The APEC summit over the weekend was capped off by a joint declaration but progress was not universally lauded, as territorial spats cloud the bloc’s goal to create a regional free trade zone in the long term.
The meeting in Vladivostok yielded an extended list of environmental goods which will be subjected to tariff reductions of 5% or less by 2015. The list initially had 25 items but was expanded to 54 in one day. According to Wall Street Journal, Indonesia lobbied to put crude palm oil on the list but failed. The joint declaration also claimed that the debt crisis in Europe was “adversely affecting growth in Asia-Pacific” and that the group aims to “avoid competitive devaluation of their currencies”.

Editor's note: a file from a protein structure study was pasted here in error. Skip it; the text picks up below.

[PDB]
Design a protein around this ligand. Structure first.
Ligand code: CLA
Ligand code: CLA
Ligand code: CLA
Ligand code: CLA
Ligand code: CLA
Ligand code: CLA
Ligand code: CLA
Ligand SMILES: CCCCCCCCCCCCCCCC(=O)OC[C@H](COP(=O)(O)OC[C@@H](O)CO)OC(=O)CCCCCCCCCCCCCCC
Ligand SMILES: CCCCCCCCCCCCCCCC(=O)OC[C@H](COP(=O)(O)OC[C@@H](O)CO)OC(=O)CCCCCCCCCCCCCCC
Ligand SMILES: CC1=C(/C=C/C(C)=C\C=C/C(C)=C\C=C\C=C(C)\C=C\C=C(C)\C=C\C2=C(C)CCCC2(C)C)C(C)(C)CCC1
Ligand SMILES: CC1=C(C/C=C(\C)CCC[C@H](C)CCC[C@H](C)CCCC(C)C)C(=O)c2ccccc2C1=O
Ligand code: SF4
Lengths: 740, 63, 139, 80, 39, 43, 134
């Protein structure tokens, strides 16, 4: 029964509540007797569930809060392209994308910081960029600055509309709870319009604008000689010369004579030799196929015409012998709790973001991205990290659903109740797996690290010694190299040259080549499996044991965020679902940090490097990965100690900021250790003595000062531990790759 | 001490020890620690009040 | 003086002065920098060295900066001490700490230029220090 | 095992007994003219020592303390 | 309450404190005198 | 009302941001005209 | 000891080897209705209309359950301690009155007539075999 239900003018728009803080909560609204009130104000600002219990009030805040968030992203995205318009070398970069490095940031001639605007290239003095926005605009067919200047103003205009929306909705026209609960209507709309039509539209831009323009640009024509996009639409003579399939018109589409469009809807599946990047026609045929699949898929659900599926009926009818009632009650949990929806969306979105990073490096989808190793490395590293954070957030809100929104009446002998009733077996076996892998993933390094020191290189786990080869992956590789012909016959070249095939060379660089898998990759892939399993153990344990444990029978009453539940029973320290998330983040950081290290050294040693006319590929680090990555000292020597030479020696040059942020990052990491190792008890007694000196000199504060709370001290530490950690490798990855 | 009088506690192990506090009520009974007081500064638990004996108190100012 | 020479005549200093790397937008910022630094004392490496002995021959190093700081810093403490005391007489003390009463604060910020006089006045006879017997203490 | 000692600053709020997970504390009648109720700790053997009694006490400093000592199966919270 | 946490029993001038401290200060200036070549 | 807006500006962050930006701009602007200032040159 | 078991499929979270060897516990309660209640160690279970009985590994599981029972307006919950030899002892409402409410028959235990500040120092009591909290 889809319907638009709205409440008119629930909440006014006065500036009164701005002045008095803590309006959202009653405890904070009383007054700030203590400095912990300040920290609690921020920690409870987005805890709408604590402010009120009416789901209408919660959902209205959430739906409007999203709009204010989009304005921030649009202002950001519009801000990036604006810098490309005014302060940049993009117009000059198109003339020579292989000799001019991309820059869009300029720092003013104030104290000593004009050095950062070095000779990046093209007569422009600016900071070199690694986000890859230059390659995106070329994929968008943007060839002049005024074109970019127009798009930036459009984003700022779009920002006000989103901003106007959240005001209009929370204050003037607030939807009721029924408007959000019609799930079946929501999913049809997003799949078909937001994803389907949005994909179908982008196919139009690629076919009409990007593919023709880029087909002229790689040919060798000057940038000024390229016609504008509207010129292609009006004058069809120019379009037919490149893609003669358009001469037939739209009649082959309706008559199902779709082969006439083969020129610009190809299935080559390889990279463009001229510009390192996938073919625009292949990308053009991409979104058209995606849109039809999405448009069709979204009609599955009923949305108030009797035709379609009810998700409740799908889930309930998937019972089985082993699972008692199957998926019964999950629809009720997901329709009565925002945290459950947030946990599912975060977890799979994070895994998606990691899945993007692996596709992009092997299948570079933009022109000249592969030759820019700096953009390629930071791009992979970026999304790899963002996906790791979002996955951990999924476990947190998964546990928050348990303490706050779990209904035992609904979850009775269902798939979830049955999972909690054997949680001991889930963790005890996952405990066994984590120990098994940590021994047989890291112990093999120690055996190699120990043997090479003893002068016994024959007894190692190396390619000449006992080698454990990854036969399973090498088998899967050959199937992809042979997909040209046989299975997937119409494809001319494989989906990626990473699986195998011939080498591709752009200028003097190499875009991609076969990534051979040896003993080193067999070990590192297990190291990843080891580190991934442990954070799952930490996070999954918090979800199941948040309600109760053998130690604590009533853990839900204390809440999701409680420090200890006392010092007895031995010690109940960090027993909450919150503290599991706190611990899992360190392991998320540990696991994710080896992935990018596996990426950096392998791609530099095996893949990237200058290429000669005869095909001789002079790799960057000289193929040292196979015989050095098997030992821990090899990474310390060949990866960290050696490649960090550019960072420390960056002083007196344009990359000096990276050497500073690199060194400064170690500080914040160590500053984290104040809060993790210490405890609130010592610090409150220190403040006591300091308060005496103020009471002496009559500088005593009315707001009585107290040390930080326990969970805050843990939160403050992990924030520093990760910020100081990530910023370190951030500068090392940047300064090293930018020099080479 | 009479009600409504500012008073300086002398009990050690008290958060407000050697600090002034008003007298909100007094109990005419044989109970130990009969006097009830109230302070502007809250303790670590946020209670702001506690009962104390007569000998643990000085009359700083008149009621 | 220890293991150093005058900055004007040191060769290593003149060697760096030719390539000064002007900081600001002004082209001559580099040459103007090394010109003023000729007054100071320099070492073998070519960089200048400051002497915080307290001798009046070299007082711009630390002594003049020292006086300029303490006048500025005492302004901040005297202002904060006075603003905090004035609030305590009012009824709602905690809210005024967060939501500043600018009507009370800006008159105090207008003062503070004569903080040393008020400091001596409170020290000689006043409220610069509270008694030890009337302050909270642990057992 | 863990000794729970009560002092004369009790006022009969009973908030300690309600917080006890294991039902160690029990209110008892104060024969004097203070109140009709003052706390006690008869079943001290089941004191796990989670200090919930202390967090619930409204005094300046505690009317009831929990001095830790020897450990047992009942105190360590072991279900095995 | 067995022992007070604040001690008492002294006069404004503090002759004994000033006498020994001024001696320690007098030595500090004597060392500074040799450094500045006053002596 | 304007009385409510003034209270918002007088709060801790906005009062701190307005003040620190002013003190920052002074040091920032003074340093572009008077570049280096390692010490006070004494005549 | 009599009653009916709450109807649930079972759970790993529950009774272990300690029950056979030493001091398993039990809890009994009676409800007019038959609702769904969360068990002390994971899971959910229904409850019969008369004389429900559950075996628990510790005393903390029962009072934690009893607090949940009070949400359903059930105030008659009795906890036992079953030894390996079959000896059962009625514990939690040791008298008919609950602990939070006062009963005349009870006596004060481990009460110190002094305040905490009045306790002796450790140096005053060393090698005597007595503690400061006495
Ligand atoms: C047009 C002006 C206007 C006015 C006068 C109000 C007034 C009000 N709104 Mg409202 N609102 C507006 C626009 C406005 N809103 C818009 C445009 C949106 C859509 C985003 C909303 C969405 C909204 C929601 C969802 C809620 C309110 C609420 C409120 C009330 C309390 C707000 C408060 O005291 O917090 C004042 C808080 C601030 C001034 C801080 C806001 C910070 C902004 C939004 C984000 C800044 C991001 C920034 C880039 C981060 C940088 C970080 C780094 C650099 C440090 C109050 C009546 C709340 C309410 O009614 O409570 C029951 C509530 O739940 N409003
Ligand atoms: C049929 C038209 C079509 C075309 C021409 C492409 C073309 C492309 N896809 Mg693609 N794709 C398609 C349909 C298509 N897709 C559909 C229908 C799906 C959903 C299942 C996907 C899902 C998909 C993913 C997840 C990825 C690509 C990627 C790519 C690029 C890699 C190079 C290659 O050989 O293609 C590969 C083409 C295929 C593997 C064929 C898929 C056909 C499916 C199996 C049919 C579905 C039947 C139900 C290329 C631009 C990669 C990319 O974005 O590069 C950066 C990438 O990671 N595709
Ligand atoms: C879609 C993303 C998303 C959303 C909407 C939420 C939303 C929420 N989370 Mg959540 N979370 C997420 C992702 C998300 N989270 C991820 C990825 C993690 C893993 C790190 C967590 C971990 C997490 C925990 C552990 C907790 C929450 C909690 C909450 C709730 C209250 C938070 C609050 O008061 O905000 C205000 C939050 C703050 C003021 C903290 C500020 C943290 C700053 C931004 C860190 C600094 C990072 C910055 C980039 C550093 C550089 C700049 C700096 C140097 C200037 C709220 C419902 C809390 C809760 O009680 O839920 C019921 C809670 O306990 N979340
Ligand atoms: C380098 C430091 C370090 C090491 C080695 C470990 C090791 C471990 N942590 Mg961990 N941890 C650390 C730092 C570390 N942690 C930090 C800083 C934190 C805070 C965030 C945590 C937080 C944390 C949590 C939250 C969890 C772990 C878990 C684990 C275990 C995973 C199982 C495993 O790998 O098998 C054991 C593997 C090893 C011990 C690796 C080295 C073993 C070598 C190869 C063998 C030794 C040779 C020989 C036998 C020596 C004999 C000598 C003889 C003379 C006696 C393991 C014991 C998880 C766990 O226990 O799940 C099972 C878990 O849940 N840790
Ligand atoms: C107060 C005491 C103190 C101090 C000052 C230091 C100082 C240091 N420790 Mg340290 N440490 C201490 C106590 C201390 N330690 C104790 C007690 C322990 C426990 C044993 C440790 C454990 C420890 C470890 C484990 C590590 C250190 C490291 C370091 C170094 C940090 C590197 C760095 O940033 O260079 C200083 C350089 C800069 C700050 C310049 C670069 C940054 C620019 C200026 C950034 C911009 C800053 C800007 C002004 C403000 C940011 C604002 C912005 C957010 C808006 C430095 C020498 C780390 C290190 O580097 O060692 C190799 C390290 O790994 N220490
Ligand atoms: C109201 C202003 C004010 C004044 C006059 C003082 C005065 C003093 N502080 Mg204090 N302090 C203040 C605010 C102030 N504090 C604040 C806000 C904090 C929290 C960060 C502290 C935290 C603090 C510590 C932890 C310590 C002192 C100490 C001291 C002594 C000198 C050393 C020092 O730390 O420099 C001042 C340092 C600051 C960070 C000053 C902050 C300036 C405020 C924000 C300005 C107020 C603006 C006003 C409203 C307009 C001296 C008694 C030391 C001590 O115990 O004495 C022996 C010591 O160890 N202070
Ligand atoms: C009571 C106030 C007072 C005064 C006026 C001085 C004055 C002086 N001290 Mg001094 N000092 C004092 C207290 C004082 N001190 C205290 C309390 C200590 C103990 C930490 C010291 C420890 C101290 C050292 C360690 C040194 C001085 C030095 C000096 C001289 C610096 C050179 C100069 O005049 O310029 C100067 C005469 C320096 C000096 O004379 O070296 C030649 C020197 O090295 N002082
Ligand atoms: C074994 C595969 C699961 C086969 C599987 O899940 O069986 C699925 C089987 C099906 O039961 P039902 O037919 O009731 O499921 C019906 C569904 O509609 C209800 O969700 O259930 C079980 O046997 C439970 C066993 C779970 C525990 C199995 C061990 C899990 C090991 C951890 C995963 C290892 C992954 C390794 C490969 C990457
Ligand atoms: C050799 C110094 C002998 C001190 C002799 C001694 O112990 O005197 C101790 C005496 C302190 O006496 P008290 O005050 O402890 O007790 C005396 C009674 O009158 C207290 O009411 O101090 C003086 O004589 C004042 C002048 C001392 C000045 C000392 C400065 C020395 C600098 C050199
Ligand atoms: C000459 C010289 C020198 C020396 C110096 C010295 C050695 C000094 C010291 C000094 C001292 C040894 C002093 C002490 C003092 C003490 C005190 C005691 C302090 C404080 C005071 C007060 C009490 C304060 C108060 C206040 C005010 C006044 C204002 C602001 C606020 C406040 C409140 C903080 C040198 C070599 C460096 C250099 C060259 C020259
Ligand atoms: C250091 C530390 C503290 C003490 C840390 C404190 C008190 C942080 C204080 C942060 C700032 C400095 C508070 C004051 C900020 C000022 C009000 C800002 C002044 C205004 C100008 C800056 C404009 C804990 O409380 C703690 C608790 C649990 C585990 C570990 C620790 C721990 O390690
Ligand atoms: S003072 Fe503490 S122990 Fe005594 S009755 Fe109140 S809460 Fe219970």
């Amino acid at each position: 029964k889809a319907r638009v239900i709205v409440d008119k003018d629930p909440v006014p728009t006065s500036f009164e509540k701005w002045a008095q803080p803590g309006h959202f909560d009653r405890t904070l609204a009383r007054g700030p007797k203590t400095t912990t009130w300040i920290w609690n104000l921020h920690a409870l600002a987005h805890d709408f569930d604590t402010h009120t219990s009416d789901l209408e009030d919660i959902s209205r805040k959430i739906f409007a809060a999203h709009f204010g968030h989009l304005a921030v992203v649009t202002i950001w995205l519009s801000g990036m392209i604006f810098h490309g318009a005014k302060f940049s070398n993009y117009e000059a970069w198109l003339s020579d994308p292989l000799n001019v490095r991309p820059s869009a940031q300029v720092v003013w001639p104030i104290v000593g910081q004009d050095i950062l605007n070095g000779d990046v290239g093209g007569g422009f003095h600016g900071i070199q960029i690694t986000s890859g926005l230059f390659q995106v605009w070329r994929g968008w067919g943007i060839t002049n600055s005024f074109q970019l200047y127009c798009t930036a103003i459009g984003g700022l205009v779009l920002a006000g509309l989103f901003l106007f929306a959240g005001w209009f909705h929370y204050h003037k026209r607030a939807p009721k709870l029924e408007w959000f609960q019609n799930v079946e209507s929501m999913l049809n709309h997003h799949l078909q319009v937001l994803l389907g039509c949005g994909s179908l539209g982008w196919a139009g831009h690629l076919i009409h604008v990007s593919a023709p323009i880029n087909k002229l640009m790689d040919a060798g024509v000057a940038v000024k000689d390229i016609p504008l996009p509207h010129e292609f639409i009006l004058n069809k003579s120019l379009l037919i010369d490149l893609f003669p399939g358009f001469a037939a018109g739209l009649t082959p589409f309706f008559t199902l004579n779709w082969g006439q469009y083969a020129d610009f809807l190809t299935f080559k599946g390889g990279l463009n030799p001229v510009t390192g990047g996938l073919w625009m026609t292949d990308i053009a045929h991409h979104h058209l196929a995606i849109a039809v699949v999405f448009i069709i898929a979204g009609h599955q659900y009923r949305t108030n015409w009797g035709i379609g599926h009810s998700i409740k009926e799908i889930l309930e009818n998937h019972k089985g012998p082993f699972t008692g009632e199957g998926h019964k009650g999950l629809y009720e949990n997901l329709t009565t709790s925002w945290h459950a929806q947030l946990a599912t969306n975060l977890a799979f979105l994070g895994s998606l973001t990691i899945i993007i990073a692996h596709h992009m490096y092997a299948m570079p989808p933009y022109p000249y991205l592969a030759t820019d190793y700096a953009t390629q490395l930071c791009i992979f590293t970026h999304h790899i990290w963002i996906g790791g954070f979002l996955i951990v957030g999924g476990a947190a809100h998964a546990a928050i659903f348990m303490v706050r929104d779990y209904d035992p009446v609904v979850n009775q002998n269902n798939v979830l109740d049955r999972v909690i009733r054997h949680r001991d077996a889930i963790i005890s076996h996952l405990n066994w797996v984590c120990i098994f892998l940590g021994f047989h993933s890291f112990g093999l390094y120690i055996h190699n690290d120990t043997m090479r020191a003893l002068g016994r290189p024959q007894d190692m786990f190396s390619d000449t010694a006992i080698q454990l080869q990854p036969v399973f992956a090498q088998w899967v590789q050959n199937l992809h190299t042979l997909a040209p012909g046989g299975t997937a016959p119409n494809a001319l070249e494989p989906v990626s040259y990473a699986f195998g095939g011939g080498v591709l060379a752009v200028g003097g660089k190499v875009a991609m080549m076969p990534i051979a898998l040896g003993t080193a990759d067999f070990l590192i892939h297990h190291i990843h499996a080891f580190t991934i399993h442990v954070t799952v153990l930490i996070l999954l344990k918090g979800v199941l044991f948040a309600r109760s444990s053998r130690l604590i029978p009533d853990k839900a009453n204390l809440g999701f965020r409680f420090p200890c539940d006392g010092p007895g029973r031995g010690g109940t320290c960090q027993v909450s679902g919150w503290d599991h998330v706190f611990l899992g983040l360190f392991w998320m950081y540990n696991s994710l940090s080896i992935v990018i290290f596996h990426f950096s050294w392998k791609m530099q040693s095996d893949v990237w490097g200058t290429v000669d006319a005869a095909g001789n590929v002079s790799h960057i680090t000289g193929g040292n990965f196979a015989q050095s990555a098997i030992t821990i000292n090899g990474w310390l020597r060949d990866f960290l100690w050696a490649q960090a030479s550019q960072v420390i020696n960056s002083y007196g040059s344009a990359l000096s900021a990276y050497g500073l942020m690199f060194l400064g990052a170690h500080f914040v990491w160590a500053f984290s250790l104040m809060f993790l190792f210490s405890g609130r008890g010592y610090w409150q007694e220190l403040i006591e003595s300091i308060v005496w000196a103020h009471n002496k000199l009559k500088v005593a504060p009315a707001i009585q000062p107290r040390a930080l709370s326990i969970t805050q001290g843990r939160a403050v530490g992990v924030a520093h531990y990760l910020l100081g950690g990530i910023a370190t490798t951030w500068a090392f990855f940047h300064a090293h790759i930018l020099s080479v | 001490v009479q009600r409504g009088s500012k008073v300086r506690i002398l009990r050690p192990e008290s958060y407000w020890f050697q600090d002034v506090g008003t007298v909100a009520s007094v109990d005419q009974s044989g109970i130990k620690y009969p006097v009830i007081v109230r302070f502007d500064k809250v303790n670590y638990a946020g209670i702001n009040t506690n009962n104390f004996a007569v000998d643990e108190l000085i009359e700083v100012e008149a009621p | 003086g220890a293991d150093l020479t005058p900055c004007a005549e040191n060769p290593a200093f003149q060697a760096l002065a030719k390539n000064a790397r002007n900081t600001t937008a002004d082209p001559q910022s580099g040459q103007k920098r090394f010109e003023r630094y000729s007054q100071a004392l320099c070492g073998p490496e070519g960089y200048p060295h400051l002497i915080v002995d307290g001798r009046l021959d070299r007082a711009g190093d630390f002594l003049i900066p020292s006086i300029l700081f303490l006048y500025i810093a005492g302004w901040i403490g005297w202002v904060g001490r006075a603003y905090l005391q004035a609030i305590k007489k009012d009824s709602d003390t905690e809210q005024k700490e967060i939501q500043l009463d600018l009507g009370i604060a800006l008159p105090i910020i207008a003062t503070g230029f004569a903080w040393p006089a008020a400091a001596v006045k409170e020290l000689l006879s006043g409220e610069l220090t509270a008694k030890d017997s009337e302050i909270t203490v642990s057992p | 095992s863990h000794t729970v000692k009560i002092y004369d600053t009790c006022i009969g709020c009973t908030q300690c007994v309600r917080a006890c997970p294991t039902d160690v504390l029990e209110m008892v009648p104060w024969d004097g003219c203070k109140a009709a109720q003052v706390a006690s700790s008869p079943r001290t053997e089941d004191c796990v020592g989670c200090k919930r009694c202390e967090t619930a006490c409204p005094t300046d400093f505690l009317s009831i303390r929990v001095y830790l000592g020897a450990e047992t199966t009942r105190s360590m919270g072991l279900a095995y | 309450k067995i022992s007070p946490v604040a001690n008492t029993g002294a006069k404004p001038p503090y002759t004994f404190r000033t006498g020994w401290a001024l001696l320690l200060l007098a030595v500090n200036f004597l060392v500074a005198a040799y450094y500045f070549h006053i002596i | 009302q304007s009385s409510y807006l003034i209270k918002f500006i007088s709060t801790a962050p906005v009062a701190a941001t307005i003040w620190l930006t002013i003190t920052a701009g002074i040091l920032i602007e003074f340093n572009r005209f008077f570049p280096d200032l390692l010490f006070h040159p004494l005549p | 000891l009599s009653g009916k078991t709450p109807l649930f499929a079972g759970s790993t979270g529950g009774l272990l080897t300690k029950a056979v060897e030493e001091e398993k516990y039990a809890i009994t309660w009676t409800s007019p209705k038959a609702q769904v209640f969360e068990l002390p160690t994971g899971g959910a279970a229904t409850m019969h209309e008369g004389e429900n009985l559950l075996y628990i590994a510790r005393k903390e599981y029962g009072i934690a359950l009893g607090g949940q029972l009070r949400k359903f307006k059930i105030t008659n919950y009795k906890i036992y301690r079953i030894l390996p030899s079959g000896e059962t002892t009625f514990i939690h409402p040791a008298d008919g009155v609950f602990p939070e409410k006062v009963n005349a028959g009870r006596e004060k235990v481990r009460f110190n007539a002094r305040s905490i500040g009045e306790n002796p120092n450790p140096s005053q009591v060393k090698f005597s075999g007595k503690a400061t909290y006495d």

However, cracks showed on the sidelines of the summit as leaders from countries in a tug-of-war over territories attempted to settle their diplomatic row. Chinese President Hu Jintao and Japanese President Yoshihiko Noda met informally but did not disclose the contents of their brief meeting. Philippine President Benigno Aquino III, on the other hand, wasn’t able to meet the Chinese leader who purportedly had a loaded schedule.
US Secretary of State Hillary Clinton reportedly met with the Russian delegation and touched on Syria. Russian Foreign Minister Sergei Lavrov told the Journal that Russia does not support economic pressure in Syria because “sanctions will not bring about anything”.